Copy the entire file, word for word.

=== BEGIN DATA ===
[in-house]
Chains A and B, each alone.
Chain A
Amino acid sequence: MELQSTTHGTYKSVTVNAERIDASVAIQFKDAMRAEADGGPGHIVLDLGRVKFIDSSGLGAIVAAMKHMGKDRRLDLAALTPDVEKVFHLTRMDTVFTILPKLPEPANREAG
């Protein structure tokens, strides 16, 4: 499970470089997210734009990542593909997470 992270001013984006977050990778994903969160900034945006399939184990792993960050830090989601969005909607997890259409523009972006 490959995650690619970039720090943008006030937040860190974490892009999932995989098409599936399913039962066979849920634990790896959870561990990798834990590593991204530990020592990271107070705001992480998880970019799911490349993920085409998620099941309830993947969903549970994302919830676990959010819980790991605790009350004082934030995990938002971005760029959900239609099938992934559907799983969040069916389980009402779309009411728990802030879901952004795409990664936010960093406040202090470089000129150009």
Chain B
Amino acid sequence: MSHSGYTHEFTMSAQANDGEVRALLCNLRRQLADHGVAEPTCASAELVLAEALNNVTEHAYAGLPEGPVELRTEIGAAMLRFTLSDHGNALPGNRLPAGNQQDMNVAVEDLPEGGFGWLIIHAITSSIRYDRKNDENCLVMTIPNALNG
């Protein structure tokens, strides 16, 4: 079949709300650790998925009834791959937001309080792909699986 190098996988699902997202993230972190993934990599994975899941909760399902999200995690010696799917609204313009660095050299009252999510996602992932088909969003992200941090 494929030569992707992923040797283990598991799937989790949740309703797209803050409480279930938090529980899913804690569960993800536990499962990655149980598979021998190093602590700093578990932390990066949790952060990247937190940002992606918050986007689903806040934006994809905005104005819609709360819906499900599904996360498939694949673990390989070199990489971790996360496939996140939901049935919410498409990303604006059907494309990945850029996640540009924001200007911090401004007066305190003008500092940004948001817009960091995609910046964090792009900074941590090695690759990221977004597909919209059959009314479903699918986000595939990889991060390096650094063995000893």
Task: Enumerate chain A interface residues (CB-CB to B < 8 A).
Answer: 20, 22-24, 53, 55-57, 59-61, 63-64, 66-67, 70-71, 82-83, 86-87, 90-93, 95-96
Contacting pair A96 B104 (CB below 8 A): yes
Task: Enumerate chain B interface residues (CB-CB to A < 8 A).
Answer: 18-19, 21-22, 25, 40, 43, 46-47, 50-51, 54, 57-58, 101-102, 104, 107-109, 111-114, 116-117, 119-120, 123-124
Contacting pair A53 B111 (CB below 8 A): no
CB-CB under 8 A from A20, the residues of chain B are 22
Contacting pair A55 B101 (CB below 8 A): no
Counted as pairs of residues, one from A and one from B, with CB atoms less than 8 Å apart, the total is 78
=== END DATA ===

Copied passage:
[in-house]
Chains A and B, each alone.
Chain A
Amino acid sequence: MELQSTTHGTYKSVTVNAERIDASVAIQFKDAMRAEADGGPGHIVLDLGRVKFIDSSGLGAIVAAMKHMGKDRRLDLAALTPDVEKVFHLTRMDTVFTILPKLPEPANREAG
């Protein structure tokens, strides 16, 4: 499970470089997210734009990542593909997470 992270001013984006977050990778994903969160900034945006399939184990792993960050830090989601969005909607997890259409523009972006 490959995650690619970039720090943008006030937040860190974490892009999932995989098409599936399913039962066979849920634990790896959870561990990798834990590593991204530990020592990271107070705001992480998880970019799911490349993920085409998620099941309830993947969903549970994302919830676990959010819980790991605790009350004082934030995990938002971005760029959900239609099938992934559907799983969040069916389980009402779309009411728990802030879901952004795409990664936010960093406040202090470089000129150009």
Chain B
Amino acid sequence: MSHSGYTHEFTMSAQANDGEVRALLCNLRRQLADHGVAEPTCASAELVLAEALNNVTEHAYAGLPEGPVELRTEIGAAMLRFTLSDHGNALPGNRLPAGNQQDMNVAVEDLPEGGFGWLIIHAITSSIRYDRKNDENCLVMTIPNALNG
């Protein structure tokens, strides 16, 4: 079949709300650790998925009834791959937001309080792909699986 190098996988699902997202993230972190993934990599994975899941909760399902999200995690010696799917609204313009660095050299009252999510996602992932088909969003992200941090 494929030569992707992923040797283990598991799937989790949740309703797209803050409480279930938090529980899913804690569960993800536990499962990655149980598979021998190093602590700093578990932390990066949790952060990247937190940002992606918050986007689903806040934006994809905005104005819609709360819906499900599904996360498939694949673990390989070199990489971790996360496939996140939901049935919410498409990303604006059907494309990945850029996640540009924001200007911090401004007066305190003008500092940004948001817009960091995609910046964090792009900074941590090695690759990221977004597909919209059959009314479903699918986000595939990889991060390096650094063995000893």
Task: Enumerate chain A interface residues (CB-CB to B < 8 A).
Answer: 20, 22-24, 53, 55-57, 59-61, 63-64, 66-67, 70-71, 82-83, 86-87, 90-93, 95-96
Contacting pair A96 B104 (CB below 8 A): yes
Task: Enumerate chain B interface residues (CB-CB to A < 8 A).
Answer: 18-19, 21-22, 25, 40, 43, 46-47, 50-51, 54, 57-58, 101-102, 104, 107-109, 111-114, 116-117, 119-120, 123-124
Contacting pair A53 B111 (CB below 8 A): no
CB-CB under 8 A from A20, the residues of chain B are 22
Contacting pair A55 B101 (CB below 8 A): no
Counted as pairs of residues, one from A and one from B, with CB atoms less than 8 Å apart, the total is 78